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Wednesday, 19 October 2011

The willow and the oak tree




In a distant land, there lived a farmer with his lovely wife, 2 boys of 12 and 10 years, a lovely daughter at the precocious age of 7, and a pet dog named Elfie.

They all lived in a picturesque 2 storey farmhouse in a meadow just off the hills to east where you can see the most amazing sunrise.

At the front of the farmhouse, there is a pond about the size of a football field where the children can swim during the hot summer days. Next to the pond, there is an old willow tree that sways in the breeze, gently and elegantly as if it’s dancing with the wind in a waltz or tango.

And between the pond and the farmhouse, the farmer had planted a young oak tree. Although young in age, the oak tree has spread its branches wide, providing a natural shade from the sun, underneath where the farmer has placed a rustic wooden table and 2 benches. It’s where many a family barbecues and birthday parties have taken place.

As the oak tree steadily grows bigger, both in height and girth, the more majestic it looks. The willow tree watched in envy, but at the same time, was growing worried for his young friend.

“You may want to go slow with the growth. Don’t stand up too tall, and fold in your branches. Better to keep a low profile. The more you stand out, the greater the risk you are putting to yourself,” the willow whispered to the young oak tree.

“What do you mean?” asked the oak tree, with a quizzical look on its face.

The willow shakes his head slowly and continued, “You know the wind? When you are in agreement with him, he is oh so gentle and soothing. You do like the rustling of our leaves as the wind gentle caress our tired branches. No?”

“But the wind does not like it when others oppose its path. If you continue to grow taller and spread your branches far and wide, you may incur the wrath of the wind…”

The oak tree smiles but would have none of it. Perhaps it’s the folly of youth, and partly because of his wish to stand by his own conviction, the young oak tree thanked the old willow tree for his good intentions, but continued the path towards his destiny – to grow into a majestic oak.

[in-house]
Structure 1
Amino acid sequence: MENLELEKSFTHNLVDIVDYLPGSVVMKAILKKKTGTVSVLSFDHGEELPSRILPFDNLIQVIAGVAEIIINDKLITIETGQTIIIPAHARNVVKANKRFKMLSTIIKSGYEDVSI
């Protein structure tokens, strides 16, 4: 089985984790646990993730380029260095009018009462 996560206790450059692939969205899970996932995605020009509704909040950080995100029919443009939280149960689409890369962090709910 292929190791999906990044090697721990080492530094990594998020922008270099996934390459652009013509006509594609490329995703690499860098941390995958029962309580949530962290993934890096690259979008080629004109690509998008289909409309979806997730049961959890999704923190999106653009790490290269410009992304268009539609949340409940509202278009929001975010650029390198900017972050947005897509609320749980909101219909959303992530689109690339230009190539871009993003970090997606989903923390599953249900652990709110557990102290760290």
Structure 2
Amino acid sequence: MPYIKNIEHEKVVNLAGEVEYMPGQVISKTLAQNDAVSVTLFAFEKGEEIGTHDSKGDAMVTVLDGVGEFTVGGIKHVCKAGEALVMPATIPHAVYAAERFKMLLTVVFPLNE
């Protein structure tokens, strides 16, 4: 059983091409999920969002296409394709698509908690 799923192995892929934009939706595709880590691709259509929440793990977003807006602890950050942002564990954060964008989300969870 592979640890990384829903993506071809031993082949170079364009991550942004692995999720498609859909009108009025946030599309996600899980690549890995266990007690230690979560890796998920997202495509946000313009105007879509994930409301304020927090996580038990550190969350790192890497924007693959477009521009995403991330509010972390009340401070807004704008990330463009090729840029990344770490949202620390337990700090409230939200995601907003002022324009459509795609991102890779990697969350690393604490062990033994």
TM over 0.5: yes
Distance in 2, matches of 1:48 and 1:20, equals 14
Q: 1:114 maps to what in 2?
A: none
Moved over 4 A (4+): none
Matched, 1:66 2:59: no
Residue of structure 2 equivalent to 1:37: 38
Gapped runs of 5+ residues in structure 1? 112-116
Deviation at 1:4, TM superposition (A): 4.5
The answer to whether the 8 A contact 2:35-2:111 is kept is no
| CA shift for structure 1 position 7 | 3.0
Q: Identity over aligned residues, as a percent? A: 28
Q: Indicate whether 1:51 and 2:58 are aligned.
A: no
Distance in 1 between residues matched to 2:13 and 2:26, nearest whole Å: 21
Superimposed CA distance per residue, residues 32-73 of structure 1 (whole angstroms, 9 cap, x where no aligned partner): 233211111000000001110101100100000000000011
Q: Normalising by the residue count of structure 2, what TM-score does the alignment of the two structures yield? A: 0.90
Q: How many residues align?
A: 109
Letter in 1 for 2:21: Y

As years go by, the wind tried to teach this young up-start many times by trying to blow it down. The oak tree just dug in his roots deeper into the ground, and held on. Yes, some branches of the oak may break, but new shoots will re-appear in defiance to the wind.
 
This went on until the children of the farmhouse are now grown up. The boys are now strong and handsome men of 22 and 20, while the little girl is now a budding young woman of 17.

The wind could no longer stand having the oak tree being the thorn in his eye no longer. Getting help from his tornado friend, they came quietly one night and blew the oak down; using the cover of night and darkness to hide the shame of their deed. The mighty and majestic oak has finally been uprooted!

You can see how defiant the oak tree had fought back by the amount of earth its roots had clung on to. Even when felled, its roots were like talons tightly grasping the earth within its grip – signaling that it never gave up, never yielding, or never compromising its convictions and beliefs.

On the morning after, the old willow tree was weeping for his fallen companion of 10 years.

“I told you so… But you just wouldn’t listen…” whimpered the willow, and shedding a tear of regret.

“Don’t cry for me old willow,” smiled the oak tree in his dying breath. “I have lived the life the way that I am destined for – strong, stubborn, never yielding, and majestic. It’s something you may not understand; but I have no regrets.”

“What I am and stood for will be remembered even when I am gone. In fact, I worry for you willow. Now you are all alone…” And with these parting words, the oak tree closed its eyes…

Now the grown-up children of the farmer were all heart-broken. Many memories and happy moments of their youth were spent with the oak tree.

Instead of letting the oak tree disappear from their lives, each of time honoured the memory of their oak tree in their own ways.

The farmer’s elder boy hollowed-out the trunk of the oak tree and fashioned a canoe out of it. Now they can go canoeing on the pond.

The younger son hacked the branches, trimmed, and built a wooden swing and placed it outside the front lawn.

And the sweet farmer’s daughter took the roots and weaved it into 2 half-egg shaped cocoon like seats, and hung them outside the front porch.

Time passed, and the grown up children of the farmer married and moved into the cities. But often they will return with children of their own for them to visit grandpa and grandma. The grandchildren had great fun with the canoe, wooden swing, and cocoon seats. And the tale of the majestic oak from which they were fashioned from will be passed on to the next generation.

The willow watched on and in time finally understood the dying words of the oak tree.

The willow may live till time immemorial, but no one on the farm will notice it except for the fact that it’s part of the background scenery. The price for forever yielding and bending in the wind, and not making a stand…

17 comments: